Category Archives: Chickens!

Xavier Feathersworth

Sir Hubert McFeatherington is the leader of his flock.

The hens adore him and the other three roosters fear him.

Xavier Feathersworth was his faithful follower.

He’s the lieutenant and Sir Hubert is the general.

Yet, as they’ve grown together, Xavier has started to become…resentful.

Resentful because the other roosters pick on him while Sir Hubert just laughs.

And with this growing resentment, Xavier has started to become…disloyal to Sir Hubert…and his own flock.

One day, after a particularly painful pecking, Xavier quietly escaped through a gap in the run and darted over to the older flock to talk with their leader.

Pecky Greenleg.


Pecky and a few of his hens were out in the pen. They turned toward him when he cleared his throat.

“Hmmm,” said one of the hens. “What do we have here?”

“Looks like a little rooster,” said another hen.

Pecky eyed Xavier warily. The hens, who had no respect for Pecky gave a few sharp pecks and wandered up the ramp to eat.

Xavier’s heart fell. A henpecked rooster would not be able to help him.

“What do you want?” Pecky asked, embarrassed by the hen’s treatment of him.

“Well, I had hoped…but nevermind,” mumbled Xavier as he turned to go.

“Wait! Why did you came all this way?”

Xavier turned back and saw a desperate yet hopeful gleam in his eyes.

“I was hoping to find a new leader for my flock. A leader big and strong enough to put the other roosters to shame.”

Pecky looked at Xavier thoughtfully, then turned and looked at his raw, red back and his lack of tail feathers.

Maybe, this was his chance to start over with a new flock.

“Tell me more,” Pecky said, smiling as much as a henpecked rooster could smile.

To be continued…


Underneath the vineyard
Tiny buds appear
Are they signs of kiwi?
Will this be the year?

Underneath the chicken run
Small pullets play and fight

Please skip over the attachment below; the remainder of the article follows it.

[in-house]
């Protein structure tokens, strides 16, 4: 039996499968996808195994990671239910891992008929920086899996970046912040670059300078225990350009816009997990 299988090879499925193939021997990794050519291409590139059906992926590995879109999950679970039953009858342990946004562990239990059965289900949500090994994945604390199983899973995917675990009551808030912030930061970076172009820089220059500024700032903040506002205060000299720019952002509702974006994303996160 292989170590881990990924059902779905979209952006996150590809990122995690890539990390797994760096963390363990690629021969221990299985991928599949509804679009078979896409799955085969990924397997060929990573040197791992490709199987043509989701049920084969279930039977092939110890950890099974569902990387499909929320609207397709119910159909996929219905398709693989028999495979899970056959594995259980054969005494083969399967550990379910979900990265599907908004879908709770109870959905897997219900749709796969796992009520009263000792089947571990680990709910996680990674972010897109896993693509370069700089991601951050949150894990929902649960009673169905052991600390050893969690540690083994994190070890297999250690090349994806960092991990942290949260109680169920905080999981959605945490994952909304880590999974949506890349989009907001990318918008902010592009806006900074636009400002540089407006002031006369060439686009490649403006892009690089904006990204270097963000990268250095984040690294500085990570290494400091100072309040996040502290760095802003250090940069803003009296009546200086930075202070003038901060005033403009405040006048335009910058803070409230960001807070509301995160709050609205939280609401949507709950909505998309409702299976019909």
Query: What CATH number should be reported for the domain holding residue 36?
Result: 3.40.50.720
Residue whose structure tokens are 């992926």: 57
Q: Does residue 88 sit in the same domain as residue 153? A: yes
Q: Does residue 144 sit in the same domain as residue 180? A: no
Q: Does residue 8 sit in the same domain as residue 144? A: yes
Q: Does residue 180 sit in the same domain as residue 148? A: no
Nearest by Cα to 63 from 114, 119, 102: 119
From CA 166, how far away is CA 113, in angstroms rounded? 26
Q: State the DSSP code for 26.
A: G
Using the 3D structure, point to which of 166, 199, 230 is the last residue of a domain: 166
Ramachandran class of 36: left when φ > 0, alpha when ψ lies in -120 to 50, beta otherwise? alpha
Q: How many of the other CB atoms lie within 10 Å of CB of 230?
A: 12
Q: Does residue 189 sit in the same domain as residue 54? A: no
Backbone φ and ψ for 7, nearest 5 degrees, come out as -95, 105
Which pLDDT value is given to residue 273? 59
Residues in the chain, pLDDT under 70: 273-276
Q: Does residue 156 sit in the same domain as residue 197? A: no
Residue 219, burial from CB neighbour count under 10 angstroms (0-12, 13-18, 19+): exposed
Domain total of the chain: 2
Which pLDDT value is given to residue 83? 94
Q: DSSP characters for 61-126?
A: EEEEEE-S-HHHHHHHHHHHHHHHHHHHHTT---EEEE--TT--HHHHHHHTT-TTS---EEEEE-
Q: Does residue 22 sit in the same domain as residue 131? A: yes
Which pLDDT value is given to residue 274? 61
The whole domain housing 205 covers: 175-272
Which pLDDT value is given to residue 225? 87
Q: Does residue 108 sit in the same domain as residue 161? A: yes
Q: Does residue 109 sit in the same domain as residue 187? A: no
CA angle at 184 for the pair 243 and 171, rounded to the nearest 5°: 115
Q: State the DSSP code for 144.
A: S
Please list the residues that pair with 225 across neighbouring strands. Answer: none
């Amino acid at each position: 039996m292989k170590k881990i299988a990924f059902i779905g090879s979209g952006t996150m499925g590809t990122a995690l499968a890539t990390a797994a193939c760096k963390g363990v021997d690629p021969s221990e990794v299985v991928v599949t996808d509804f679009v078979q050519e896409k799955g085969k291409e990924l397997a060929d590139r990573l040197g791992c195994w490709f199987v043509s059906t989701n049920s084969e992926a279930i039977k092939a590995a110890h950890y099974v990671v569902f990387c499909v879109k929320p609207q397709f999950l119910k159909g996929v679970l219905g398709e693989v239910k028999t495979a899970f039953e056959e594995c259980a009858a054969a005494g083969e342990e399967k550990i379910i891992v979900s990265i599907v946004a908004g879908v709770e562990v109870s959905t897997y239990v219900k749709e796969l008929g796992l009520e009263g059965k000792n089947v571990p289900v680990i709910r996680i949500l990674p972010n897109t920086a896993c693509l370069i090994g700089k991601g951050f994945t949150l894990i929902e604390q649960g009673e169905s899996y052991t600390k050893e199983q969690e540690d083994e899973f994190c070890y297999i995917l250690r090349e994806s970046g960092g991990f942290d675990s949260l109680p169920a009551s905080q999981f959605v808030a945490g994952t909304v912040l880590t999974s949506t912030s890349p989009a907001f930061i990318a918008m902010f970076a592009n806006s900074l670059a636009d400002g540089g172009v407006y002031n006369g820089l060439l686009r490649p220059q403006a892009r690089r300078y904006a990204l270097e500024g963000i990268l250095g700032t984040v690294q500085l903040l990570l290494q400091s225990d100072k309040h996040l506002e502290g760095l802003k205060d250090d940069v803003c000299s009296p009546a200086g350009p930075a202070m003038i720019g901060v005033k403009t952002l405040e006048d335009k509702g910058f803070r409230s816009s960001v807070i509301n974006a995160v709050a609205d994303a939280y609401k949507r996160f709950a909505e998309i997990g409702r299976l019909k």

Fluttering and flying low
Huddled up at night

Underneath the playset
Two boys rest with a treat
Chocolate pudding faces
Sticky smiles so sweet

Underneath the lovage
A little kitty purrs
Hiding, yawning, napping
Cleaning all her fur

Underneath the bright blue sky
The wind blows soft and strong
Greens and yellows dot the land
Summer won’t be long

Okra (et al.)

Today I planted okra
Lettuce, spinach, kale
And one sad tomato
All crooked, bent and frail

Worms in every spadeful
Wiggling in the dirt
A few big nasty grubs
A little chick dessert

Next I planted flowers
And cilantro all around
Bush beans in the garden
Carrots in the ground

I looked down at my hands
When everything was done
Dirt and mud had crusted
My fingers…every one

And then I heard the laughter
The sound of running feet
I looked up from the garden
And got an awful treat

Two boys armed with squirt guns
Had come to chase me off
They giggled, smiled and shouted
Hey Mom! It’s time to stop!


We move the chicks outside to the run every day. The boys fight over who gets to pick them up, transport them and put them in the pen.

Then, they both eagerly hop in and start digging.

They like nothing better than to feed the chicks live worms.

They get the biggest kick out of the little pecks and tweets and fights that break out when they hold a wriggly worm in the air.

As I sat watching, I wondered at the chicks lack of fear with the boys. They hopped on their laps, walked right up to them and came running to a “hear chickie, chickie”.

“Why don’t they do that with me?”

“Come in here Mommy, and they will.”

And then I realized that it’s time. Time is the key.

It’s not enough for me to feed and water them and occasionally pick one up. Time spent playing with and holding them is what makes the difference.

Time. And patience.

I would never describe either of my boys as patient. Yet in this, they are more patient than I am.

They will sit and coax a chick into their laps and not get frustrated when it doesn’t come right away.

Yet, I see them lose patience with so many other things.

Joe gets in a huff when he can’t do something well the first time he does it.

Jake loses all patience when he can’t get the wrapper on his cheesestick off.

But maybe it’s because these “other” things are just not in their control. They have to rely on someone else to help them.

Maybe thats where the frustration comes from.

Playing with the chicks, nourishing them and coaxing them to be comfortable is not frustrating for the boys.

On a weird level, they connect with that vulnerability.

The chick is at their mercy. The chick is relying on them.

There is really no magic to the chicken whispering.

There is just time.



My Dear Mr. Greenleg

Pecky has been through a lot
His feathers look so sad
He’s constantly attacked by hens